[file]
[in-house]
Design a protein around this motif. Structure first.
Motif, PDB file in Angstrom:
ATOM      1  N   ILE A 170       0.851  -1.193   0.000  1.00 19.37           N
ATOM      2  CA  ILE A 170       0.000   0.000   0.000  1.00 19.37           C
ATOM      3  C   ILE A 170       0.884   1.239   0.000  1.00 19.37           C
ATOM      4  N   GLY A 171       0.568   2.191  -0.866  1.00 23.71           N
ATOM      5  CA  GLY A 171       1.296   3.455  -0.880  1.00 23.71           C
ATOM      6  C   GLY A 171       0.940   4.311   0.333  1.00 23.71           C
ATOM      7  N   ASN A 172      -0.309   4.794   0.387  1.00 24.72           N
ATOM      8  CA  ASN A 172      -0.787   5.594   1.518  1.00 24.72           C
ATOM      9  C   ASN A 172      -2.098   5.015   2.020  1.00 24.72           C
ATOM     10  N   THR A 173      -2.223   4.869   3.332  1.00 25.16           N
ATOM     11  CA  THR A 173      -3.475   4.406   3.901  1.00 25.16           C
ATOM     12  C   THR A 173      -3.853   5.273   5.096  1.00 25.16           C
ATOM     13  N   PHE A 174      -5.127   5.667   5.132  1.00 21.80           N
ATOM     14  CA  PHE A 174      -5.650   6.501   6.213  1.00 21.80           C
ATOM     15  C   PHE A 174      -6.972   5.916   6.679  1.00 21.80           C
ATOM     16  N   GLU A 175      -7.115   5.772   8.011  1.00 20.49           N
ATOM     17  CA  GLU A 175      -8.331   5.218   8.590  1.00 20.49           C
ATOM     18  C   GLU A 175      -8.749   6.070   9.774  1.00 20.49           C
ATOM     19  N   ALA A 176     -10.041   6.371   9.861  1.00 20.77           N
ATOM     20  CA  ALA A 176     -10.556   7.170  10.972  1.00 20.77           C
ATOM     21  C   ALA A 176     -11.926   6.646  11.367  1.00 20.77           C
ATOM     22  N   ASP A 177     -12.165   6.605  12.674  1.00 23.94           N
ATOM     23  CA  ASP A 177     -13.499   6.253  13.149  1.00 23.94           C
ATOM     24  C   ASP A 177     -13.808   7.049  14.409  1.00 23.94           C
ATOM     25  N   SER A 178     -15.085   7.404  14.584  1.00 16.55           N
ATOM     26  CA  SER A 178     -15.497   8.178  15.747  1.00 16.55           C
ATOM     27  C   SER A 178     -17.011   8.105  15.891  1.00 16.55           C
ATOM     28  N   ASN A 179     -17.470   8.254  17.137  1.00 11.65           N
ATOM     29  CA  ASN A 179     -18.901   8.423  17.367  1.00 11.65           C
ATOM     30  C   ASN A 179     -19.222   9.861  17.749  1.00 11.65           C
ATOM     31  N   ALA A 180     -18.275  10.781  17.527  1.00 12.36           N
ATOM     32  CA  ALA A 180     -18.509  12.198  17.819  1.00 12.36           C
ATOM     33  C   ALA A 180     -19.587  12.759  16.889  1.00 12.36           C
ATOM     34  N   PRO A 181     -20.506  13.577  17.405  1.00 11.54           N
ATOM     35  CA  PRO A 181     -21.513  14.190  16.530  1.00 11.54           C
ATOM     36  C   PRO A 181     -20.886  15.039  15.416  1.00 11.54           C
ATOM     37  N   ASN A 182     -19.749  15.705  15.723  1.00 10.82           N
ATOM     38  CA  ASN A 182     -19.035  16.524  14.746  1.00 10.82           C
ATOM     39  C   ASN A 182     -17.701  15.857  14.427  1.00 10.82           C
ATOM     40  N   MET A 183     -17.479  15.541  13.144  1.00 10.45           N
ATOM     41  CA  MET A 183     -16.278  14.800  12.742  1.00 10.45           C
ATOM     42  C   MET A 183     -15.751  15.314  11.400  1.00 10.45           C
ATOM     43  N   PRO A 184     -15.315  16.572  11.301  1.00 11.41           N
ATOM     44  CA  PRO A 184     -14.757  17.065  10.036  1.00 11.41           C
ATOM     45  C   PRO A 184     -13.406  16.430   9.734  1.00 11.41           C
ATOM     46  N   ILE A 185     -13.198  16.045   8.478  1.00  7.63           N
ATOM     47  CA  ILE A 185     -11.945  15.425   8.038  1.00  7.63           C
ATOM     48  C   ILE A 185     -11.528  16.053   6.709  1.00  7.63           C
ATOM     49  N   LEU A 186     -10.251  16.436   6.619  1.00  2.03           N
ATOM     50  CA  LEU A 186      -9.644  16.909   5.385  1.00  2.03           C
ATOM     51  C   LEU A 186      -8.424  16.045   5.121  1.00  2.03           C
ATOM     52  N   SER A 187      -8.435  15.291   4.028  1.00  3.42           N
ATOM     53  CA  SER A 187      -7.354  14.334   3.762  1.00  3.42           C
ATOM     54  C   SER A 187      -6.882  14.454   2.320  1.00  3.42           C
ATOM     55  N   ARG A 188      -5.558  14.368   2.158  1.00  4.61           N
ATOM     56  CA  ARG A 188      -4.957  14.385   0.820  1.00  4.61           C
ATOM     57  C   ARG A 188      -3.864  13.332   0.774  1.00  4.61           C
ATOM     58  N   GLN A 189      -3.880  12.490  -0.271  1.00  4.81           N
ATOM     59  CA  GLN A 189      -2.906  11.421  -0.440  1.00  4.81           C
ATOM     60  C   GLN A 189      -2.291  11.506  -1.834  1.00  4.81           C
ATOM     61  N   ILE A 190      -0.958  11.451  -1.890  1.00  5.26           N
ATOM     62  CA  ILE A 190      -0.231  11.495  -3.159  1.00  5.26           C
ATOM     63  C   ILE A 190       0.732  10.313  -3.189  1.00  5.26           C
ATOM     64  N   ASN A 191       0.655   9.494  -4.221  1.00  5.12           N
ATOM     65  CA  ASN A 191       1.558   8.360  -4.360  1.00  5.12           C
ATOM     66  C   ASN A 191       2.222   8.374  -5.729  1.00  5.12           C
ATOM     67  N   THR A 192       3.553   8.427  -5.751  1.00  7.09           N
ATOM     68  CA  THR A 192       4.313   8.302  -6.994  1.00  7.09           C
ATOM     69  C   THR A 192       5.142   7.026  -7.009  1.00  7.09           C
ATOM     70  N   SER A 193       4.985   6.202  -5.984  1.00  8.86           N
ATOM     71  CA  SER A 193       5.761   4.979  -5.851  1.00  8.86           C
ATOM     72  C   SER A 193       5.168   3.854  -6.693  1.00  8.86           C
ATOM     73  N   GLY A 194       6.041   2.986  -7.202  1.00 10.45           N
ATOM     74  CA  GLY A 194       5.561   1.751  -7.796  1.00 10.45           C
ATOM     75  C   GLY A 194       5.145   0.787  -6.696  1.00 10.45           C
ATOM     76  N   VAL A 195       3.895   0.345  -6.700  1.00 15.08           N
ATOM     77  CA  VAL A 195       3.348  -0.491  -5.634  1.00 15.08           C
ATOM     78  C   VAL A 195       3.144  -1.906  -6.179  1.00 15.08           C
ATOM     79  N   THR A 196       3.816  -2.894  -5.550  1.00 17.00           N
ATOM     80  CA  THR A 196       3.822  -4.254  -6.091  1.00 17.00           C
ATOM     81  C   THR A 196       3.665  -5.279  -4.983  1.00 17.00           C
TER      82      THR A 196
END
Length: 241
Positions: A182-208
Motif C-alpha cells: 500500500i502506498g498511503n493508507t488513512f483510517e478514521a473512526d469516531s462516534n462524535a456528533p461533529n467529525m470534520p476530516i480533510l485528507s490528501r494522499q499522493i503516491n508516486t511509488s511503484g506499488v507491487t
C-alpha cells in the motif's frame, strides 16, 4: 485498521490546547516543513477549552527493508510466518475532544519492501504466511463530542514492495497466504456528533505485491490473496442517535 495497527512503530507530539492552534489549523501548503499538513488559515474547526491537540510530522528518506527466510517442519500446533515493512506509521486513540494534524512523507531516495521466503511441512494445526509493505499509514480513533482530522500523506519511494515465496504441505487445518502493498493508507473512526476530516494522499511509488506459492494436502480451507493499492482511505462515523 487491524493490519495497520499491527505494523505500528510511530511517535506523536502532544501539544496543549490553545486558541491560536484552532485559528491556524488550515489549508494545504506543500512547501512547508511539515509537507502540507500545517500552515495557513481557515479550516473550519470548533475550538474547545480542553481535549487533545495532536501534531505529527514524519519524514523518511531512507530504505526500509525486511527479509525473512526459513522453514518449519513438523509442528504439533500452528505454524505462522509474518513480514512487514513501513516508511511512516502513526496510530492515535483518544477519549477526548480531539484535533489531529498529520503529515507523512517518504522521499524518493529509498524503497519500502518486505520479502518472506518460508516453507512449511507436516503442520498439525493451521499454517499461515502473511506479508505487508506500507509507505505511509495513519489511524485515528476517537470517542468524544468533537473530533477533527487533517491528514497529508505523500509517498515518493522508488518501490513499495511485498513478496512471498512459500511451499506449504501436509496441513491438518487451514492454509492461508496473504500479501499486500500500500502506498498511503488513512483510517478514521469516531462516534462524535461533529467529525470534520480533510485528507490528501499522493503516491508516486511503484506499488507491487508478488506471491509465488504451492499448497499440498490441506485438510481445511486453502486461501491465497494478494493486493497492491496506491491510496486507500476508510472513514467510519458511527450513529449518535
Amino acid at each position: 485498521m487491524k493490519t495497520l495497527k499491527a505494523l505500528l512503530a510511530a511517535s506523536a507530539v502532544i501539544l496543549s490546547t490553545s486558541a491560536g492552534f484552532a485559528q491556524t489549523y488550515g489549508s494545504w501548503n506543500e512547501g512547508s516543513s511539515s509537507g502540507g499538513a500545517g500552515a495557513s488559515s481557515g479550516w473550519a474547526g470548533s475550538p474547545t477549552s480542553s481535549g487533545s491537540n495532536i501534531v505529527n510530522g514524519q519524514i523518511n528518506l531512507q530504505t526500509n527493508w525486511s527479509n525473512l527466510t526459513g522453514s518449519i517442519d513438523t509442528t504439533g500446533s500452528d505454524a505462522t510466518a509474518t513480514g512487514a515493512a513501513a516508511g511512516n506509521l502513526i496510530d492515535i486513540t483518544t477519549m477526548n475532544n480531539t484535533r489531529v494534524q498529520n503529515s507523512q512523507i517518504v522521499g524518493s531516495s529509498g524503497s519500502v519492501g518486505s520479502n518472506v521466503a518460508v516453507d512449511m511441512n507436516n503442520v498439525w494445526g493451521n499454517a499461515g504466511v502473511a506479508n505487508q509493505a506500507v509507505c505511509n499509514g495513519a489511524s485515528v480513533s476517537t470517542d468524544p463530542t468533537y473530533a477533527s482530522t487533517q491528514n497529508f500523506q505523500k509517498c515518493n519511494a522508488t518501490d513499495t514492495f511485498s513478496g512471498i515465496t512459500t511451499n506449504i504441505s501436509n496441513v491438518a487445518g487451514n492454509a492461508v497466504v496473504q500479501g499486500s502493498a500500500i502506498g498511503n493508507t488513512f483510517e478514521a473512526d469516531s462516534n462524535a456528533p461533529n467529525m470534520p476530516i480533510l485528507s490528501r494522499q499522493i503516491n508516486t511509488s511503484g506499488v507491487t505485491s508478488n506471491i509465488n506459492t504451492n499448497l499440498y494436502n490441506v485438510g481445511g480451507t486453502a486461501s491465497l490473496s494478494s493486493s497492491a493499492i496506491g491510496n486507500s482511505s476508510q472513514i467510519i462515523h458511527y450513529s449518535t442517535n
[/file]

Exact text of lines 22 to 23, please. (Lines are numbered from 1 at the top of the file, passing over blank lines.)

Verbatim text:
ATOM     19  N   ALA A 176     -10.041   6.371   9.861  1.00 20.77           N
ATOM     20  CA  ALA A 176     -10.556   7.170  10.972  1.00 20.77           C